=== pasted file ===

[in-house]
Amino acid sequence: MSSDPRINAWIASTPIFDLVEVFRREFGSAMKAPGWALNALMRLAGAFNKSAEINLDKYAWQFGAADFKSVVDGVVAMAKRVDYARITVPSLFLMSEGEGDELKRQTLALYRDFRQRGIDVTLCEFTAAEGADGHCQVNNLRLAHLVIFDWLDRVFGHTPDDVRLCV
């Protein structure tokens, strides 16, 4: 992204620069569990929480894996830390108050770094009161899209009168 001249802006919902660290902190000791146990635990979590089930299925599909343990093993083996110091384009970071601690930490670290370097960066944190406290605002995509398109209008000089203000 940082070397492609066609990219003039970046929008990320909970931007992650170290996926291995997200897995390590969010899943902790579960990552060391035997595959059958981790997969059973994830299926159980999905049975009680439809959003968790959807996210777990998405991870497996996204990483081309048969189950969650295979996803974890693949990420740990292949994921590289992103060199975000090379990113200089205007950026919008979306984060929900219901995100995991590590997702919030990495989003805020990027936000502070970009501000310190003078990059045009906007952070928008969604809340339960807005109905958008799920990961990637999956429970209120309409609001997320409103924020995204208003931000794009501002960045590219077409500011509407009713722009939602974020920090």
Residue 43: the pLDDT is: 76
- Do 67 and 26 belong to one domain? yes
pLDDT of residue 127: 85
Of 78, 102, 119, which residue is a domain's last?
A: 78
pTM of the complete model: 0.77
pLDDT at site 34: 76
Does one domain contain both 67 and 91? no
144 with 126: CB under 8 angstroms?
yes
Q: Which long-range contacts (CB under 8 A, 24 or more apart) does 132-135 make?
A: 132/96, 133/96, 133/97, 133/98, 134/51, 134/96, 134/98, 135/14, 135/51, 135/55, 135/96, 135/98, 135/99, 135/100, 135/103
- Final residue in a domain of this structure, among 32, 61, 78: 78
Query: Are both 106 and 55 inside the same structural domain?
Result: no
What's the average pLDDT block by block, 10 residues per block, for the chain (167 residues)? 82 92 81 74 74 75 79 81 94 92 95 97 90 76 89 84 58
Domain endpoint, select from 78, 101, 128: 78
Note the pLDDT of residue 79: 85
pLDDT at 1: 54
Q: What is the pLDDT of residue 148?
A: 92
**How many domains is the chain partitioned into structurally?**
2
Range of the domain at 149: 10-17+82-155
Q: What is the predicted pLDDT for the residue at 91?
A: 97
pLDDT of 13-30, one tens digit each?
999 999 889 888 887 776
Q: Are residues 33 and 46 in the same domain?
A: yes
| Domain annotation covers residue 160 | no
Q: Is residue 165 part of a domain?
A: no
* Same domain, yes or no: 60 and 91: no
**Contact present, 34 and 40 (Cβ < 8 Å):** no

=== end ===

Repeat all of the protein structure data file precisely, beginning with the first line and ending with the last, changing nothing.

[in-house]
Amino acid sequence: MSSDPRINAWIASTPIFDLVEVFRREFGSAMKAPGWALNALMRLAGAFNKSAEINLDKYAWQFGAADFKSVVDGVVAMAKRVDYARITVPSLFLMSEGEGDELKRQTLALYRDFRQRGIDVTLCEFTAAEGADGHCQVNNLRLAHLVIFDWLDRVFGHTPDDVRLCV
């Protein structure tokens, strides 16, 4: 992204620069569990929480894996830390108050770094009161899209009168 001249802006919902660290902190000791146990635990979590089930299925599909343990093993083996110091384009970071601690930490670290370097960066944190406290605002995509398109209008000089203000 940082070397492609066609990219003039970046929008990320909970931007992650170290996926291995997200897995390590969010899943902790579960990552060391035997595959059958981790997969059973994830299926159980999905049975009680439809959003968790959807996210777990998405991870497996996204990483081309048969189950969650295979996803974890693949990420740990292949994921590289992103060199975000090379990113200089205007950026919008979306984060929900219901995100995991590590997702919030990495989003805020990027936000502070970009501000310190003078990059045009906007952070928008969604809340339960807005109905958008799920990961990637999956429970209120309409609001997320409103924020995204208003931000794009501002960045590219077409500011509407009713722009939602974020920090």
Residue 43: the pLDDT is: 76
- Do 67 and 26 belong to one domain? yes
pLDDT of residue 127: 85
Of 78, 102, 119, which residue is a domain's last?
A: 78
pTM of the complete model: 0.77
pLDDT at site 34: 76
Does one domain contain both 67 and 91? no
144 with 126: CB under 8 angstroms?
yes
Q: Which long-range contacts (CB under 8 A, 24 or more apart) does 132-135 make?
A: 132/96, 133/96, 133/97, 133/98, 134/51, 134/96, 134/98, 135/14, 135/51, 135/55, 135/96, 135/98, 135/99, 135/100, 135/103
- Final residue in a domain of this structure, among 32, 61, 78: 78
Query: Are both 106 and 55 inside the same structural domain?
Result: no
What's the average pLDDT block by block, 10 residues per block, for the chain (167 residues)? 82 92 81 74 74 75 79 81 94 92 95 97 90 76 89 84 58
Domain endpoint, select from 78, 101, 128: 78
Note the pLDDT of residue 79: 85
pLDDT at 1: 54
Q: What is the pLDDT of residue 148?
A: 92
**How many domains is the chain partitioned into structurally?**
2
Range of the domain at 149: 10-17+82-155
Q: What is the predicted pLDDT for the residue at 91?
A: 97
pLDDT of 13-30, one tens digit each?
999 999 889 888 887 776
Q: Are residues 33 and 46 in the same domain?
A: yes
| Domain annotation covers residue 160 | no
Q: Is residue 165 part of a domain?
A: no
* Same domain, yes or no: 60 and 91: no
**Contact present, 34 and 40 (Cβ < 8 Å):** no